Enmeshment is based on a psychological concept which describes relationships where boundaries have eroded, leading to toxic emotional co-dependency or an “unhealthy symbiosis.” This immersive piece uses a combination of organic/inorganic elements to create an alternate lens for viewing a tropical landscape, subverting the stereotypical, flat image of ‘paradise’ often portrayed of the Caribbean.

The synchronised movements of the embellished shells are mesmerizing yet unsettling when coupled with the echoes of distorted environmental sounds, and the lattice that entraps them as they contract and vanish. This interplay of enchantment and tension is familiar in the Caribbean, alluding to the region’s reliance on our landscape to entice a touristic gaze, but feeling the cost and constriction when it comes to agency, autonomy and identity. Enmeshment internalizes this complex reality, and both utilises & scrutinises the concept of escapism, playing with external and internal fantasies that are projected onto the social and physical environment. In a sense, as written in Feral Political Ecologies?: The Biopolitics, Temporalities and Spatialities of Rewildingthe piece attempts to reframe “…the focus of conservation on the enchanting possibilities of multispecies kinship and the difficulties of co-existing, learning and exploring less ordered more-than-human worlds. It emphasises both the need for respect and admission, and a more compassionate understanding of the complex histories, trajectories, vulnerabilities and threats of co-existence.” [5]

Plexus continues to explore environments and relationships shaped by an "exotifying" gaze. The series attempts to internalize or reconcile existing in “paradise”, when we are bound by the lived realities of that space. The limitations we have all experienced over the course of 2020 and 2021 so far have added another layer to what it means to be confined by shorelines and external expectations, as well as the very narrow scope of our homes, minds and physical beings.

Plexus arose from my exacerbated experience of restriction. It draws on biological plexuses as hidden, intricately branching internal networks of vessels or nerves that connect to keep a body operative and aligned. In some meditative or religious practices, the solar plexus chakra is also the focal point of the body which is responsible for confidence, self-esteem and being in control of your life and free will. All of these concepts have been thrown into more disarray than usual; Barbados and the world have been confronted with circumstances which have exerted strain on mental and physical health in ways that we could not run from or ignore, inciting feelings of powerlessness.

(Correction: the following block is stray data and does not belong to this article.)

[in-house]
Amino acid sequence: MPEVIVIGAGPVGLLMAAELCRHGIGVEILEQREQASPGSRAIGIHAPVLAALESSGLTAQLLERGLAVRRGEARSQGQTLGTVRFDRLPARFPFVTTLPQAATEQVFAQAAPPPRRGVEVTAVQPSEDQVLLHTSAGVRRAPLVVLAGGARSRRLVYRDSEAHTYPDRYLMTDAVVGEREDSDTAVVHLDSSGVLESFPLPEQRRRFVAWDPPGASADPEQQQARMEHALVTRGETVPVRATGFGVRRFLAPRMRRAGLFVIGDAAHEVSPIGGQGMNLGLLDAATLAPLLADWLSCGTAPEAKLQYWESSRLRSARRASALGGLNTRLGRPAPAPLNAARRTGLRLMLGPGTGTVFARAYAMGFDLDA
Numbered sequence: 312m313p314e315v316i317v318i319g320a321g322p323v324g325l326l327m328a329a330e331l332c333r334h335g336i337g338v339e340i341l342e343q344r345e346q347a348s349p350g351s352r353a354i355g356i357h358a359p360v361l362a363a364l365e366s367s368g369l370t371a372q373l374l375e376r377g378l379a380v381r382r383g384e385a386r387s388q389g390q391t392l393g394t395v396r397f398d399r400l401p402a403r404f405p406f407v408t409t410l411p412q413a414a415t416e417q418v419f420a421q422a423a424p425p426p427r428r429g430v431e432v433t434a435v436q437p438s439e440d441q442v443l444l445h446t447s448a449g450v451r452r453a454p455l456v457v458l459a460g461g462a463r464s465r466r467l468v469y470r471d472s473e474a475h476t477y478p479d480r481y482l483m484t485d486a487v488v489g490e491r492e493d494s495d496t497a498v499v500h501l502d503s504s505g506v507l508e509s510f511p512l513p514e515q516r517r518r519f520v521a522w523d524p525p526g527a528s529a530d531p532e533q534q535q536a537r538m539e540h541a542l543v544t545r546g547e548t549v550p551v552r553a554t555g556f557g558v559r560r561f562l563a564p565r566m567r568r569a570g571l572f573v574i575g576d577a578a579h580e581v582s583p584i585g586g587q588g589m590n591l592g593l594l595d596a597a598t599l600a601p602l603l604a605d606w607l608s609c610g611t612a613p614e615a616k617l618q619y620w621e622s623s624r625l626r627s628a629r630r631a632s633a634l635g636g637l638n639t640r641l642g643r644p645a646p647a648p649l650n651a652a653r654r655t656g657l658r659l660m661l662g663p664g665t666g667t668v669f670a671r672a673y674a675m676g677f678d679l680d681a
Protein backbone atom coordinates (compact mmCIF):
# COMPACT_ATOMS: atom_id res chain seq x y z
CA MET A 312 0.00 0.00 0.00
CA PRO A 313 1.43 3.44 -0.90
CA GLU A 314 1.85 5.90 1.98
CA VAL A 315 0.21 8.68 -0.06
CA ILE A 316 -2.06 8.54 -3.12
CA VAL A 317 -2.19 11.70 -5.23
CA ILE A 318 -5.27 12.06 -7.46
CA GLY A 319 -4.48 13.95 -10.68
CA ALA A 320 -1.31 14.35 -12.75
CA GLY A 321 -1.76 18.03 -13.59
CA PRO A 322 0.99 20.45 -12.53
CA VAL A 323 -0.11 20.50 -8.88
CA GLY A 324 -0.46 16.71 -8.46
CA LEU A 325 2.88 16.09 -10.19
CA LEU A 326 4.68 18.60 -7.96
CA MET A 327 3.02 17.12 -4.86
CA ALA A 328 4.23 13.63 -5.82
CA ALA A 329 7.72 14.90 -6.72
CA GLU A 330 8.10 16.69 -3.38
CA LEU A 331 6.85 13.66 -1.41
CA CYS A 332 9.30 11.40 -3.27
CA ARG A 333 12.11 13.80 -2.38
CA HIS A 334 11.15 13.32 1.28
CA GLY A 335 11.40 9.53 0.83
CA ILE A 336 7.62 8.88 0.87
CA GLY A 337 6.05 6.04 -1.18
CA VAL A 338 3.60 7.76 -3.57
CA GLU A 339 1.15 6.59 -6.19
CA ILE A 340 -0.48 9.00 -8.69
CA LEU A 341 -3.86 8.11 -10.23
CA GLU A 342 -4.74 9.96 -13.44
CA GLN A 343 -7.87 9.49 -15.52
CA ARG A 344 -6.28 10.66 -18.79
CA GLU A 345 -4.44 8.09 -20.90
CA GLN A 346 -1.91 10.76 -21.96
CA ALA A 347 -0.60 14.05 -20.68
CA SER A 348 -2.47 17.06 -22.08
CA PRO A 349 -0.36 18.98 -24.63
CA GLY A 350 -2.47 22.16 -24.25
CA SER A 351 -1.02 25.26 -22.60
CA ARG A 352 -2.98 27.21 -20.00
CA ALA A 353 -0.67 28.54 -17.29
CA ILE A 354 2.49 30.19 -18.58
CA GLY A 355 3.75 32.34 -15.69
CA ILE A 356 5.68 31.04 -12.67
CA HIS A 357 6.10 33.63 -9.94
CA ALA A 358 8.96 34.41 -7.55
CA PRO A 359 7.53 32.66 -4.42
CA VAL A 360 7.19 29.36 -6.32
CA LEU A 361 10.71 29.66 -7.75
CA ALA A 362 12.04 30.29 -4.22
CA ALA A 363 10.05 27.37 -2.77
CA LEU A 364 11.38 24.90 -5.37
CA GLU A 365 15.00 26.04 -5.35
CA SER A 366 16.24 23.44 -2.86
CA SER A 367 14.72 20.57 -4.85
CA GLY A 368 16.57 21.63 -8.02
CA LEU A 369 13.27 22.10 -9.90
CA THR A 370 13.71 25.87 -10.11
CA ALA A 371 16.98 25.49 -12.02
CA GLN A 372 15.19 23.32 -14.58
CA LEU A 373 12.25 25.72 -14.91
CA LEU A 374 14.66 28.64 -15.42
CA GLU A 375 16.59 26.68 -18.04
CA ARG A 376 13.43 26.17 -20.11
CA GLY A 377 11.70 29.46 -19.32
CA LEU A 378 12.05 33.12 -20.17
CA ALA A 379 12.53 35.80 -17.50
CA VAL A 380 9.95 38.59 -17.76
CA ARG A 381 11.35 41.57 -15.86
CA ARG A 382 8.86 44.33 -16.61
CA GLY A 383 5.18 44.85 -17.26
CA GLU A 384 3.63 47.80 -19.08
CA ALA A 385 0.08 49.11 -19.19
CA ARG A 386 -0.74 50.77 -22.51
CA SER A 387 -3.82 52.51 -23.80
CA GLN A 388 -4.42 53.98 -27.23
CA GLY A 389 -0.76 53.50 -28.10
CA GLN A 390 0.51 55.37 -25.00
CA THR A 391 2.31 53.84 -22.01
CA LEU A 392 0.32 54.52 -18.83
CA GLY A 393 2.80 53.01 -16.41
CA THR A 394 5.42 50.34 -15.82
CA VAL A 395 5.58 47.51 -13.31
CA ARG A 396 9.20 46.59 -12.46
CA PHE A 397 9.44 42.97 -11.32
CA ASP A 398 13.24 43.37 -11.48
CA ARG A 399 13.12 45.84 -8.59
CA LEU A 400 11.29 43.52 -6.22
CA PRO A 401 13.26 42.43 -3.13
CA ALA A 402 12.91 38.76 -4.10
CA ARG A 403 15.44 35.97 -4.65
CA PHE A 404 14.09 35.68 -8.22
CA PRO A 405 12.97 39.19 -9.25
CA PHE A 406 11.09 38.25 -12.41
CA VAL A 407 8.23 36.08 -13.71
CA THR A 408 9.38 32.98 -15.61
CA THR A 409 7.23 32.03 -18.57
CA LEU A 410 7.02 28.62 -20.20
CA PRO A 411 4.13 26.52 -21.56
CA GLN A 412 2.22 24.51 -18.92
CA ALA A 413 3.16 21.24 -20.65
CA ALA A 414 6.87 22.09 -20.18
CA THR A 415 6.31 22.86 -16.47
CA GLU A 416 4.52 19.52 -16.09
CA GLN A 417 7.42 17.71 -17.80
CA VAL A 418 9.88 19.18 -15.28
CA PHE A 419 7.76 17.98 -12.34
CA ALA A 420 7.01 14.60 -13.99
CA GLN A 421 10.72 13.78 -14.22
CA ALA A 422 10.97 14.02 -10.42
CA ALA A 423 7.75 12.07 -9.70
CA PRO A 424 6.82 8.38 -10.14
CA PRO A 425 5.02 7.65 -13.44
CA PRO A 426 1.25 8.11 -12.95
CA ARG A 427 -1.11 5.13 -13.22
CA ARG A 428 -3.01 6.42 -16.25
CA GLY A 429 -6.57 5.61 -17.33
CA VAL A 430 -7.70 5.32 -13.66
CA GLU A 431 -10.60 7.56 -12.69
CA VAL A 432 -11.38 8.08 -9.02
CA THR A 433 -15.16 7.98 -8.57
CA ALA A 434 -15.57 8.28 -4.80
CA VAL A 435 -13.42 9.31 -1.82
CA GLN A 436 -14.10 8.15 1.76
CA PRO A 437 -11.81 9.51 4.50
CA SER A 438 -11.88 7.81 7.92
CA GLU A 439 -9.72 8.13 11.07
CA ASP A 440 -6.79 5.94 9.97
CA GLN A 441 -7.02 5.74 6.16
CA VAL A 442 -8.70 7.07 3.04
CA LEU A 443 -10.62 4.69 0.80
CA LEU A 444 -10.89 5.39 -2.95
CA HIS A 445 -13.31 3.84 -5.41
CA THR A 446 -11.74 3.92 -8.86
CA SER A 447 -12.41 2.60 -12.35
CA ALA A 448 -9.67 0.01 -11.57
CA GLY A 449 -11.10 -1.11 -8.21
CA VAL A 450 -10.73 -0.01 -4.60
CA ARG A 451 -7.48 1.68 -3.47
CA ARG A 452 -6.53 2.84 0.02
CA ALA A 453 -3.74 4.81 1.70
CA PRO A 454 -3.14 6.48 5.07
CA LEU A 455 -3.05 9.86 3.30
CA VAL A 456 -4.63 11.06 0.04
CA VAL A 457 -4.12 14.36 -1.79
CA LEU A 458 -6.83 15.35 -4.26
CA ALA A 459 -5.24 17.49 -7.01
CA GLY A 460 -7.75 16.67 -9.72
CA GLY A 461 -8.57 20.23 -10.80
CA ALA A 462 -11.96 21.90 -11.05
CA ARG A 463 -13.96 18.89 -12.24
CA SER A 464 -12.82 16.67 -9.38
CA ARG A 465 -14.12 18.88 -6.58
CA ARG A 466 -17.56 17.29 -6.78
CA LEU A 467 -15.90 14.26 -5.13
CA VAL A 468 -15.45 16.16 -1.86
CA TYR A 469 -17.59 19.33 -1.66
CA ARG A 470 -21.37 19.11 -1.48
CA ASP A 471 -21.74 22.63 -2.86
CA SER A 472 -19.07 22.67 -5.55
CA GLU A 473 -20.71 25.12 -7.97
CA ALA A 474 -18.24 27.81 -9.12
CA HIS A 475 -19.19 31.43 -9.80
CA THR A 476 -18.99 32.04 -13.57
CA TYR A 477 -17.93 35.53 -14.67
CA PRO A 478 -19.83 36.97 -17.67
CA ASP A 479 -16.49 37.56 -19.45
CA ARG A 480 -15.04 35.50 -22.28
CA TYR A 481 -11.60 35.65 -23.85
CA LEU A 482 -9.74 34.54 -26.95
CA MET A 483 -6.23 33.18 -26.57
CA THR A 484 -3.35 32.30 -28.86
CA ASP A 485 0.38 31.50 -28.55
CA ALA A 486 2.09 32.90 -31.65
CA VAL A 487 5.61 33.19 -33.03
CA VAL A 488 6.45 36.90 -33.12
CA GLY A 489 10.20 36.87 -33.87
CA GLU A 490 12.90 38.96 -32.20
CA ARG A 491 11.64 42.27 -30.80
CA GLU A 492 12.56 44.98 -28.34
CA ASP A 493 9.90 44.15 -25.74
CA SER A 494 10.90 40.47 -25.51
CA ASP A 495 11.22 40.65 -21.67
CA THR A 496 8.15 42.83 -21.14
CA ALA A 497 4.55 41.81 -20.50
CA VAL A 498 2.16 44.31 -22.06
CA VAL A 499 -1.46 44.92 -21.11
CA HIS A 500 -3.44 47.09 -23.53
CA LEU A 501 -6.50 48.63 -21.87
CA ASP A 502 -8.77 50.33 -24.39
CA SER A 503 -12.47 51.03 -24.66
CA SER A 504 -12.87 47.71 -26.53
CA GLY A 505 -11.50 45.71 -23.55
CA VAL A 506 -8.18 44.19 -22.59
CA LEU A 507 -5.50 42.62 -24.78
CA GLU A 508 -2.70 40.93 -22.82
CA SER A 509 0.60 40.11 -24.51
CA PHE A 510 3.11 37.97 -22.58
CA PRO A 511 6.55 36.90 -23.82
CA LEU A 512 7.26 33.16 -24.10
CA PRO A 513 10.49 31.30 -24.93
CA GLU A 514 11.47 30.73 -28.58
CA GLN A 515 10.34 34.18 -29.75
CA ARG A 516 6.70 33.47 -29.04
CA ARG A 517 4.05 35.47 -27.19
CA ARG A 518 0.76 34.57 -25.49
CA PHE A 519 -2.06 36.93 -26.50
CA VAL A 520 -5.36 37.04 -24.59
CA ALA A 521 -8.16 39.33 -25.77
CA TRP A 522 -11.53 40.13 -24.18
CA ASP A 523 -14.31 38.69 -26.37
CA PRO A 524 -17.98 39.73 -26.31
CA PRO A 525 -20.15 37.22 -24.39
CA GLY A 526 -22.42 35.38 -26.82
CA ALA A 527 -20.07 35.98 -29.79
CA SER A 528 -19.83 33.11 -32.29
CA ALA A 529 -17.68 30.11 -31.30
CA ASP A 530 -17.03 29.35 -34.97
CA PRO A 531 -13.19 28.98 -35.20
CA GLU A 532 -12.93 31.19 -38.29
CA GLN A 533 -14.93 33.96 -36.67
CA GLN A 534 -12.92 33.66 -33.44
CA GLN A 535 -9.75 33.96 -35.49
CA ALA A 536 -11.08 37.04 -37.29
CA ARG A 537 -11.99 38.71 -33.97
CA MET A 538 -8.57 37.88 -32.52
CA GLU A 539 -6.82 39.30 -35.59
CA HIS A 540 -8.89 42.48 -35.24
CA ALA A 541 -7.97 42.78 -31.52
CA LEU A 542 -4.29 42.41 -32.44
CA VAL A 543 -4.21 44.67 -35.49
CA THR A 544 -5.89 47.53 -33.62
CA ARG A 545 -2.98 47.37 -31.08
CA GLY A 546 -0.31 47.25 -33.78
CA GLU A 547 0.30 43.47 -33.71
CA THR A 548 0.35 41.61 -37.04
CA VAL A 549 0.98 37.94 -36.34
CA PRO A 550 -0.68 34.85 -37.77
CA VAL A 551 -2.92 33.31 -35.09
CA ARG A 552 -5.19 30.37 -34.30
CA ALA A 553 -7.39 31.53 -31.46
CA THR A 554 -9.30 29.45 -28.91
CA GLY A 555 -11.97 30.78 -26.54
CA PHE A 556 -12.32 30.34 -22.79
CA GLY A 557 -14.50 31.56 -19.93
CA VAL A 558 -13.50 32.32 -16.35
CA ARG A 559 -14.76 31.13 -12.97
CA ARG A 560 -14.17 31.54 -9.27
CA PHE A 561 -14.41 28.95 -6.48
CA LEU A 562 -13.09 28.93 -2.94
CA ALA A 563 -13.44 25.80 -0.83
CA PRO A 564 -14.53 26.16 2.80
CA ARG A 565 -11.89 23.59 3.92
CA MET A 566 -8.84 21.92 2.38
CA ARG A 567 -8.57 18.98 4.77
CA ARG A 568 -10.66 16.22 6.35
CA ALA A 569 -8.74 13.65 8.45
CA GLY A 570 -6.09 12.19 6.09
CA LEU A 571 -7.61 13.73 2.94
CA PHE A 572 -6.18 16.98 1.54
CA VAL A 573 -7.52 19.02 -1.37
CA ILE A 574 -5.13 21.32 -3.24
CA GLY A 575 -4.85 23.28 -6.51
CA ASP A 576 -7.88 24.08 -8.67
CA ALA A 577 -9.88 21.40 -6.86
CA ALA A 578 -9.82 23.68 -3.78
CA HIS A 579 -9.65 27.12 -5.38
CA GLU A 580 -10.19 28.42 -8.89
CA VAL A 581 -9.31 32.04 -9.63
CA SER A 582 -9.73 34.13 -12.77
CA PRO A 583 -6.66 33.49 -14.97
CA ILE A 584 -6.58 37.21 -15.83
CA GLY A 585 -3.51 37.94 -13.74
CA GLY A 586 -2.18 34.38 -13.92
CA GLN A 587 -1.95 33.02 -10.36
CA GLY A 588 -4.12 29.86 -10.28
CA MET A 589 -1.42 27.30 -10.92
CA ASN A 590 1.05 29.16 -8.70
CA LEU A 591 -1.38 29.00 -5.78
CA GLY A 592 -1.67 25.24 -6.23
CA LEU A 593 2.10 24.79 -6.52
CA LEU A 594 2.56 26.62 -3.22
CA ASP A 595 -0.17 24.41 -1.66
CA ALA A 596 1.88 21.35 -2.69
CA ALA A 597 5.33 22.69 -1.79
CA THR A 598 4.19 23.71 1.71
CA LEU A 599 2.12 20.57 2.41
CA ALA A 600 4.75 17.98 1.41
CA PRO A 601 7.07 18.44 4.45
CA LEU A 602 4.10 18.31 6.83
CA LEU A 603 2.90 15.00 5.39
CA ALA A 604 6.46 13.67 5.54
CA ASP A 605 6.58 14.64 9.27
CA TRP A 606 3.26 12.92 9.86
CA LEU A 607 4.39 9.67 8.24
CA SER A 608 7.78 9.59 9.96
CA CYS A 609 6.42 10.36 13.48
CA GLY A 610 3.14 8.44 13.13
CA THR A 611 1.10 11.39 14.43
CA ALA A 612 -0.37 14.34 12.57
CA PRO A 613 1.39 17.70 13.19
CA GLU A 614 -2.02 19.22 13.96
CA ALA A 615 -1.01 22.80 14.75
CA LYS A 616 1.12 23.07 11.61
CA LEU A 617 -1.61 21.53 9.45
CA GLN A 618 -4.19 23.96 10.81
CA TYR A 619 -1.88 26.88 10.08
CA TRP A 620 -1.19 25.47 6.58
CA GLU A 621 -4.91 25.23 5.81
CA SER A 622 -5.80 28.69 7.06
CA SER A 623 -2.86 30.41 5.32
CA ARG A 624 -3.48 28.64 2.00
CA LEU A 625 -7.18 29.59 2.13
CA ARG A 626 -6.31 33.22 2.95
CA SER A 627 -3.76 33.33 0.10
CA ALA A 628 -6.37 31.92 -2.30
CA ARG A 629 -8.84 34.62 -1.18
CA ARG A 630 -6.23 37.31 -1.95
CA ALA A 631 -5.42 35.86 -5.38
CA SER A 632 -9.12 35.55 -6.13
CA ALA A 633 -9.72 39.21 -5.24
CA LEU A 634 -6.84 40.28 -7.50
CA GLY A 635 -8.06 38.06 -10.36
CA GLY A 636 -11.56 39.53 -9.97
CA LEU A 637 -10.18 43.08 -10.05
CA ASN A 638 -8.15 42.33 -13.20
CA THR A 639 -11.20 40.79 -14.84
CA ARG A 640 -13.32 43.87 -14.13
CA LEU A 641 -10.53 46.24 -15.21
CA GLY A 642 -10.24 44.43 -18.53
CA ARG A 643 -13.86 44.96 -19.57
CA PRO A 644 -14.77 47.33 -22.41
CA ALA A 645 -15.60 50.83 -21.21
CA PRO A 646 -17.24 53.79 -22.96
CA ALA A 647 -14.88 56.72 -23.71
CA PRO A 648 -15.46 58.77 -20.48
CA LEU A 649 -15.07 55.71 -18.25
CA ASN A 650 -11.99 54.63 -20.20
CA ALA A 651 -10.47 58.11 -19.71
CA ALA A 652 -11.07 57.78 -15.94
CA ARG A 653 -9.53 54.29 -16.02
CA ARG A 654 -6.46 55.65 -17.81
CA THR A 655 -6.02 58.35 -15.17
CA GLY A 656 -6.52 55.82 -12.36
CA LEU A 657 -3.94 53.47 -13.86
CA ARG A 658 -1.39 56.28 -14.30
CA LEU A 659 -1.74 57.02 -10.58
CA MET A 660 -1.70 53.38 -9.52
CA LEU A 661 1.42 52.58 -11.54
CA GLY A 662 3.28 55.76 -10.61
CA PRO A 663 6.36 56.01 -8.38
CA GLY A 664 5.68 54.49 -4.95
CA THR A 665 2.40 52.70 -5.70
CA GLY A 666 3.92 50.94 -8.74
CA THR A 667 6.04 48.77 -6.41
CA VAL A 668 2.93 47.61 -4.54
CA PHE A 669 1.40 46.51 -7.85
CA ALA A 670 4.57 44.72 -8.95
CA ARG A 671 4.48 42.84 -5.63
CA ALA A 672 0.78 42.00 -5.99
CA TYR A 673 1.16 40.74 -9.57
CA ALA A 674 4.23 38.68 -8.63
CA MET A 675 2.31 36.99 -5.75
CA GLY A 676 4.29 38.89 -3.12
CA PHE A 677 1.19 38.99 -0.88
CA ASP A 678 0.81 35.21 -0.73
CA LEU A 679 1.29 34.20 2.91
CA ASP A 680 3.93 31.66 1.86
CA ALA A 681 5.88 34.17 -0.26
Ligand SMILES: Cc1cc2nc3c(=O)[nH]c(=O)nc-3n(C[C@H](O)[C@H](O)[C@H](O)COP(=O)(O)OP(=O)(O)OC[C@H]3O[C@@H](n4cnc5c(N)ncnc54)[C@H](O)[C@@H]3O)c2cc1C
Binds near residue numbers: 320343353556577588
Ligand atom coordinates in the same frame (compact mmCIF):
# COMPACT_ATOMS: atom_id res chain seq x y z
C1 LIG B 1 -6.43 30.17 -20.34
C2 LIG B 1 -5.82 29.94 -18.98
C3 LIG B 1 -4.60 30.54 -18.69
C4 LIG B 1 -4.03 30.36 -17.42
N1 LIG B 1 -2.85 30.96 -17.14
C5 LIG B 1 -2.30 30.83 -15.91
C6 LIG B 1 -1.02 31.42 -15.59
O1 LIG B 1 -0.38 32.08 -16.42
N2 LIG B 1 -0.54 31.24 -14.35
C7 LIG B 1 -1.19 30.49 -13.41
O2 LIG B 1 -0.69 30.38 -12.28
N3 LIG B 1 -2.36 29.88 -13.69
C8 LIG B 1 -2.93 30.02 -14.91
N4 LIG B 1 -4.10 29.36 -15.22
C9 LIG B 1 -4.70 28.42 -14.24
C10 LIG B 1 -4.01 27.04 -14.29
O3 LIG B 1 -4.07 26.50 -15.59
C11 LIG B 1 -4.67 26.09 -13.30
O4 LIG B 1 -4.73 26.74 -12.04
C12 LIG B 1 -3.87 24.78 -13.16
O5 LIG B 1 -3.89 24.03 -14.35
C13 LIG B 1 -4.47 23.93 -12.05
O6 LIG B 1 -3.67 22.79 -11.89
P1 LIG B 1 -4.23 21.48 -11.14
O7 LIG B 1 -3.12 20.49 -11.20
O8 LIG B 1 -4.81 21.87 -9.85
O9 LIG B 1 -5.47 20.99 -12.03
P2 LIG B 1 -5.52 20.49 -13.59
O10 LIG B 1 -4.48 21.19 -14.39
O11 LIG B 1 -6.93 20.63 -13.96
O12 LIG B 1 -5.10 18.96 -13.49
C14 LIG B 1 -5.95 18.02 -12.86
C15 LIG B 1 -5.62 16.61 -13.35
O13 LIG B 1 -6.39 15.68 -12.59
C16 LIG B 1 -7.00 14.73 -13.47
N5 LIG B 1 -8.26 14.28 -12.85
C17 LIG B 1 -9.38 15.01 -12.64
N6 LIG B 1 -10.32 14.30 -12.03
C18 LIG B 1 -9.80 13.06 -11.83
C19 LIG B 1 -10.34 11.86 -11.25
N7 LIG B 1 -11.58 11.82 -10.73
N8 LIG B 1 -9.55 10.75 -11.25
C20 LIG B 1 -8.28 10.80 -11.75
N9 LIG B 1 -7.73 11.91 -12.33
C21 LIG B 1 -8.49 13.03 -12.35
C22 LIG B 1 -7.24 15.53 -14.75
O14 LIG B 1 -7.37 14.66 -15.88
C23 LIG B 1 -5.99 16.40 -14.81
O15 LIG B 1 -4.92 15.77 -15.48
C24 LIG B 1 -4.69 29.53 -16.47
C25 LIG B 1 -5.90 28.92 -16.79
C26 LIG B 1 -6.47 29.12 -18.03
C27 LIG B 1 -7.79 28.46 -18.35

The shells contract, stagnate and fade while haunting, distorted sounds recorded from my limited surroundings grow louder and more invasive. A web grows in their place, something which keeps me alive, yet remaining trapped by circumstance, and marked by objects that allude to biological cycles and the monthly passage of time. This plexus holds a necessary duality: a system representing a functional body, but one prone to being ruled by frayed nerves, as the constriction and anxiety around the state of affairs remained. 

This ongoing series has manifested in the merging of ideas, forms and media, expanding from sculpture to video and sound art, and entering physical and virtual spaces. This world I am building is in some ways an antithesis to Olive Senior’s comparison of uncontrollable nature with colonisation; I hope that this feral ecology continues to grow consciously from my observations, critiques, protectiveness and frustrations with this region, allowing me to blend multifaceted sociological, historical and environmental factors into meaningful hybrids, and in so doing, responsibly represent and investigate the Caribbean’s multiplicity:

The complex diasporas of plants and peoples in Caribbean history render the term ‘natural history’ into an oxymoron if we define it as a space hermetically sealed from human alteration. Reading imperialism into the environmental imagination of the Caribbean shows the ways in which natural history is implicated in and in fact cannot be disentangled from the multiple settlements of human history. [6] (Deloughrey, 2004).

[1] Senior, Olive. “Plants.” Gardening in the tropics. Toronto: Insomniac Press. 2005.

[2] Clark, Nigel. “Feral Ecologies: Performing Life on the Colonial Periphery.” The Sociological Review 51, No. 2, (October 2003): 163–82. https://doi.org/10.1111/j.1467-954X.2004.00457.x.

[3] Deloughrey, Elizabeth. “ISLAND ECOLOGIES AND CARIBBEAN LITERATURES.” Tijdschrift voor Economische en Sociale Geografie, Vol. 95, No. 3, (2004): 298–310. https://doi.org/10.1111/j.1467-9663.2004.00309.x.

[4] Langlois, Krista. “The Symbolic Seashell.” Hakai Magazine, October 22, 2019. https://hakaimagazine.com/features/the-symbolic-seashell/

[5] Clancy, Clara, George Holmes, Kieran O’Mahony, Kim J Warde and Sophie Wynne-Jones. “Feral Political Ecologies?: The Biopolitics, Temporalities and Spatialities of Rewilding.” Conservation and Society 18, No. 2, (May 2020): 71-76. https://doi.org/10.4103/cs.cs_20_67.

[6] Deloughrey, 298-310.